[Jay] was looking for a way to make his own vias on homemade double-sided PCBs when he stumbled across this post from about five years ago. The technique shown here makes mechanical vias and was developed by [Retromaster]. There’s no soldering involved, instead he uses some solid core copper wire and a press to crush it tightly against the board.
The press is made from aluminum stock, with a couple of plates of stainless steel which come in contact with the board. The aluminum stock is easy to work with, but it’s relatively soft which is the reason for the addition of steel. He uses copper wire which already fits tightly in the hole through the substrate. After clipping off the excess as near to the board as possible a trip through the press leaves each side flat as shown in the inset image.
We looked through some of the other projects we’ve seen from [Retromaster] like the Atari 2600 in an FPGA and this emulated Amiga floppy drive. But we didn’t see any diy boards where he used this crushing technique.
[Andrew Zonenberg] has crossed a line in his electronic hobby projects. The Ball Grid Array (BGA) is a type of chip footprint which most hobbyists leave to the professionals. But he’s learned the skills necessary to use them in his projects. Recently he ran a test batch to show off his soldering process and illustrate one of the errors a novice might make.
For those that are unfamiliar, the BGA footprint is notoriously difficult to accurately solder because it consists of a large grid of tiny points covering the bottom of the chip. There’s no way to get in there with an iron, so soldering depends on accurate placement of solder paste and chip, as well as a near-perfect reflow cycle. Often times it’s difficult for the professionals too. Many blame the heat-failure of Xbox 360 on the complications of the BGA connects for one of the console’s chips.
For this experiment [Andrew] wanted to show what happens if you include vias in the BGA footprint. It’s fine to do so, as long as they’re capped. But if a standard via is included, capillary action ends up pulling the solder down into the via instead of making a connection with the chip. The image above is a cross-section of one such uncapped via, seen on the far right.
Learning to lay out a printed circuit board takes some time. But after you’ve churned out a few it’s really pretty easy. If you find yourself at that point it may be time to learn about more complicated board fabrication. We think a good primer is this multi-layer PCB layout guide which [Rik te Winkel] recently put together. It’s one of the results of his internship experience.
One of the major differences with boards that have more than two layers is the ability to alter what layers are actually connected by vias. Vias are plated holes through the substrate that connect different layers of copper. In the case of a 2-layer board these just go right through and connect the top to the bottom. But as you can see above, there are additional choices when it comes to multi-layer boards. #1 is a through via connecting all of the layers. #2 is a blind via; it stops part way through the board. And #3 is a buried via; it connects internal layers but cannot be seen from either side.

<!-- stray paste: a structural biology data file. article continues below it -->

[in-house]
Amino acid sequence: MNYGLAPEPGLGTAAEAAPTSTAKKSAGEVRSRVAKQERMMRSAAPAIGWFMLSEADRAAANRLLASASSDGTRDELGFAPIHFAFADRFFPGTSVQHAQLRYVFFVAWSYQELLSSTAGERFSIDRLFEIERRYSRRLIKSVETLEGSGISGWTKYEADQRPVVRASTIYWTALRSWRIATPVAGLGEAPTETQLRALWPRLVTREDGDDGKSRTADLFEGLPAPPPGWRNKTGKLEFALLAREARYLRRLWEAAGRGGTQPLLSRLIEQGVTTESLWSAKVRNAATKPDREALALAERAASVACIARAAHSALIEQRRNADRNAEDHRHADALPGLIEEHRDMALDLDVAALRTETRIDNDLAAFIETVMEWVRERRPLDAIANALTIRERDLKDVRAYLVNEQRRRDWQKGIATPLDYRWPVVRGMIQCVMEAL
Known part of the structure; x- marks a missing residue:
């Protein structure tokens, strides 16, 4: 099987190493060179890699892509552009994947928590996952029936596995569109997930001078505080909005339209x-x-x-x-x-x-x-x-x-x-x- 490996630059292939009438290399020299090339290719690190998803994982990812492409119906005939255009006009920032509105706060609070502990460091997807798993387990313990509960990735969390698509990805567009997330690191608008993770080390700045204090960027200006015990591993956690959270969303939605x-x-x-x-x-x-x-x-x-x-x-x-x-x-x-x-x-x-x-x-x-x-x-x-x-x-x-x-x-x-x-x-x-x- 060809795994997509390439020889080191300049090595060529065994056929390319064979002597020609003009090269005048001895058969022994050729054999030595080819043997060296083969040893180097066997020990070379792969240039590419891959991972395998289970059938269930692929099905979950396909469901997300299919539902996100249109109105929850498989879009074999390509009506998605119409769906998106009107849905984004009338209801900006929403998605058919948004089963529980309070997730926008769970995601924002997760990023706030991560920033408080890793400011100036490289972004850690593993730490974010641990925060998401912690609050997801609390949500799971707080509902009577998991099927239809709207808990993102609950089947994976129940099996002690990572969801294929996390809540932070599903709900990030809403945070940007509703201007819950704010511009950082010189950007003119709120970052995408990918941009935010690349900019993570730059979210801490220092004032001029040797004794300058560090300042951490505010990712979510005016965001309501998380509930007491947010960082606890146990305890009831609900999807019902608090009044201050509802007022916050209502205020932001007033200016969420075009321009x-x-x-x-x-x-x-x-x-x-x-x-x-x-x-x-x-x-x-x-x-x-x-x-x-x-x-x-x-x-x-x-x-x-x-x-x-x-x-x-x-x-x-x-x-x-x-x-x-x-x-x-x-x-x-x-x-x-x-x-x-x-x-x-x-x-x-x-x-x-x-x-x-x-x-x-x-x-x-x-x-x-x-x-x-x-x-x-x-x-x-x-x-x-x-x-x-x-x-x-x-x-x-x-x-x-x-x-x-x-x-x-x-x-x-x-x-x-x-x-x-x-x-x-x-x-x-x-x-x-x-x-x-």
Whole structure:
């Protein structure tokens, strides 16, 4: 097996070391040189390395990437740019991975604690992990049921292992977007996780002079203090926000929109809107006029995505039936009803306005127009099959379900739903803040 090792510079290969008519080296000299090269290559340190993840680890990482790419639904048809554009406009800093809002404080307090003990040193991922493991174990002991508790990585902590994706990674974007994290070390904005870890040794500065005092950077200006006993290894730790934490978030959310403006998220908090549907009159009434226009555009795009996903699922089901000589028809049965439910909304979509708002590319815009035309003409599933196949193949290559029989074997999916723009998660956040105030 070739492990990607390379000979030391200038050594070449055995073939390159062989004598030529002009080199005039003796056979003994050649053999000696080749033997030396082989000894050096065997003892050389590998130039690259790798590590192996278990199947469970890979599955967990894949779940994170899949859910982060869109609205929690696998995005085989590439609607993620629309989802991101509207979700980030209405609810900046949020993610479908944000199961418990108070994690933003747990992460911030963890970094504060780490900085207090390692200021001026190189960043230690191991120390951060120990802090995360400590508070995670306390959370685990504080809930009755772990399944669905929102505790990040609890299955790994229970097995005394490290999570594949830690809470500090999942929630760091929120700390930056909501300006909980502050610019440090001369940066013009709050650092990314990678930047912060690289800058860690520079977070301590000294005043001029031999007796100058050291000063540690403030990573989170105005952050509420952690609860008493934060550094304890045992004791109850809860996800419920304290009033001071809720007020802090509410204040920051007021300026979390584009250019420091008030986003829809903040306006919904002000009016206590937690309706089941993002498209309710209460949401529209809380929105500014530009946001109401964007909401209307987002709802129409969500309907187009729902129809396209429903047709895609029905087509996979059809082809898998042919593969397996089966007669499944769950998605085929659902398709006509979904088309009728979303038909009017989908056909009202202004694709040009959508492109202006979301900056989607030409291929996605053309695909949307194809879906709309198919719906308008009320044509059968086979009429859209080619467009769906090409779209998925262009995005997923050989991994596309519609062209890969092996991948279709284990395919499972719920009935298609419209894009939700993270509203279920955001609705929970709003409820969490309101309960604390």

The guide is aimed at Eagle CAD. To use more than two layers you’ll have to purchase a license. But we think the concepts can easily be translated to other PCB layout software like Kicad.
[Philip] developed a method of tracking down the pins of a Ball Grid Array. He wanted to do so in order to add USB host functionality to his HP Jordan 720. The method doesn’t directly connect to the BGA but instead finds a via or other access point to serve as a solder point. He first looks up the pin in the BGA datasheet. Once located, he uses the bristle of a toothbrush (teal) to act as a backstop and feeds in some enameled wire (brown) to the appropriate ball. A multimeter is used to check connectivity between the wire and the vias around the chip.
Patience young grasshopper, this should work but it might take a while.
The Asus WL500GP wireless router runs Linux and has two USB ports. [equinoxfr] wanted to install audio support internally to the router though (translated). Luckily, it uses a VIA VT6212 4port USB controller. So, he was able to wire two more internal ports. A Brando USB soundcard is plugged into one of those ports and wired to an external headphone jack. He wanted dual RCA connectors, but they just wouldn’t fit. The router is running OpenWRT Kamikaze. MPD is used to serve music with the wymypy frontend since it has its own lightweight webserver.